[Comic title: Delta-P; alt text: If you fire a Portal gun through the door of the wardrobe, space and time knot together, which leads to a frustrated Aslan trying to impart Christian morality to the Space sphere.]
There's nothing I can say of XKCD's various artistic failures which hasn't been said millions of times already. So, let's criticize Randy's most valued thing in the world: his precious science, his physics, or more precisely his grasp of fluid mechanics(breast milk not included- let's leave that one to Rob). [Nice. -Ed.]
Now, I'm an undergraduate of physics. I took a course of fluid mechanics with one of the world's premier physicists. I only mention this to stress that when I say I had no idea how the fuck Randall got the formula he uses in this one, I know what I'm talking about. But, eventually, I found out the horrible truth:
Randall begins with Q=A*v, which says that the flow equals the area of opening times the speed of the water relative to the wardrobe. This is wrong, but compared with his future follies this is actually still pretty acceptable. Only now Randy needs to calculate that speed, and here he fails tremendously.
Randy assumes conservation of energy, which is usually a fine thing to assume when doing physics. He takes the initial, purely potential energy of the wardrobe as Ei=mgd .He takes the final, purely kinetic energy as Ef=1/2 mv^2 .Because he assumes conservation of energy, both quantities are equal and so he extracts v from that and finally gets Q=A*√(2gd).
Now, his whole process is rife with errors(the Q=A*v thing assumes both laminar flow and and an opening that is two-dimensional, none of which occur here,) but let's narrow it down to just two of the most obscene ones:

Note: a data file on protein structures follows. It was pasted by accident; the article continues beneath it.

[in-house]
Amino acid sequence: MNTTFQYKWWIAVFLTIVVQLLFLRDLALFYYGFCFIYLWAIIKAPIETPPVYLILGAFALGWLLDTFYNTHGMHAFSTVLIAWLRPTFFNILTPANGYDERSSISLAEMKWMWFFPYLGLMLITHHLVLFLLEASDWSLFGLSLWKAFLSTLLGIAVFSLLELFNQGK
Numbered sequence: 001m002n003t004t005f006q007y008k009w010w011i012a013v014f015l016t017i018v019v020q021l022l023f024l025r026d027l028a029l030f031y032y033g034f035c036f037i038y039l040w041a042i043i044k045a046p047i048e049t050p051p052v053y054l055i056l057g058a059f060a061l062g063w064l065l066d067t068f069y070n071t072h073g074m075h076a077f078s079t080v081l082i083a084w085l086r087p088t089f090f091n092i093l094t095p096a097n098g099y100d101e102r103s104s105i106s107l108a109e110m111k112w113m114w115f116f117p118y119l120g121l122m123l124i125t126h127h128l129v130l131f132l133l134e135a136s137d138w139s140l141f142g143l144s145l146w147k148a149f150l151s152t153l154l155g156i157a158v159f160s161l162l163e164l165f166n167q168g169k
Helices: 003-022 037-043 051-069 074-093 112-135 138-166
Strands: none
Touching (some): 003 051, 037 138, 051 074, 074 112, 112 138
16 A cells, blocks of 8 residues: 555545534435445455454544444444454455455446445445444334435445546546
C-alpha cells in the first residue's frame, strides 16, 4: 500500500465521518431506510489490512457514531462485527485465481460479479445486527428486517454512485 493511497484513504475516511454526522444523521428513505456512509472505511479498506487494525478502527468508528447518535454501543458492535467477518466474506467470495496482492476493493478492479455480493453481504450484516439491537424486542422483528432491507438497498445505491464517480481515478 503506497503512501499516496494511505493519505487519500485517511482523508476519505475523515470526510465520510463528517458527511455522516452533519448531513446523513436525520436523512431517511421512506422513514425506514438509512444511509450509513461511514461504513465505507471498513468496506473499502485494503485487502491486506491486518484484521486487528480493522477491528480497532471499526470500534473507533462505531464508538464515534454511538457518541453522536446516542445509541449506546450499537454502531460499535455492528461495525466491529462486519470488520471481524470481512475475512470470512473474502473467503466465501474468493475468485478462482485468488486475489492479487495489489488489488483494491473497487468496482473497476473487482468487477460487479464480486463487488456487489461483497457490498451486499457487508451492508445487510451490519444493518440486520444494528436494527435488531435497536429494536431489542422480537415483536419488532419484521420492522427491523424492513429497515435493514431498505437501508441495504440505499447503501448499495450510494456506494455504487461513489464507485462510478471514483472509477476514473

- There is no conservation of energy here, you dumb fuck. Friction with water is a substantial, non-conservative force which does not allow you to use even actual fluid mechanics stuff such as Bernoulli's principle, let alone the high-school-level conservation-of-energy calculations shown above which Randy tries to pass off as science. If this was true, it could lead to all sorts of shit: a cylinder that is moving in such a liquid as Randall suggests would never come to a stop or even slow down, which is obviously a nonsensical result. This is what was known historically as Stokes' Paradox, this is why the concept of viscosity was introduced, and to top it off, this was all well known for 150 years or so. Do try and keep up, Randy. This would be okay, though, had Randy tried to find the speed of the wardrobe as it hit the water, but
- Randy doesn't know how to use the concept of potential energy. This is some really elementary stuff. This is high-school level stuff, and Randy fails at it miserably. Randy tries to calculate the wardrobe's speed on the moment of impact with the water. He takes the potential energy as mgd, when d is the ocean depth. . To find the speed of impact he should take the height of the wardrobe relative to the sea level, and what he takes is the height of the wardrobe relative to the ocean floor. Therefore, the speed he would extract using the method shown above is not the speed of the wardrobe upon impact. What he gets is the speed of the wardrobe when it reaches depth d under the sea level, and even that is assuming friction with water is just as negligible as friction with air. This gives him a nonsensical result: Randy says that the deeper the ocean is, the more water would flow into the wardrobe- as d grows, so does the root of d. At the limit where the ocean depth approaches infinity, an infinite amount of water would flow into the wardrobe as soon as it hits the water. This is hideously, preposterously wrong. I really cannot stress out just how asinine this error is. No wonder this guy was kicked out of NASA.
Now, a real physicist would've said 'gee, this result is ridiculous, I'd better check out where I've gone wrong.' What Randy said was 'gee, this result is ridiculous, I'd better publish it.'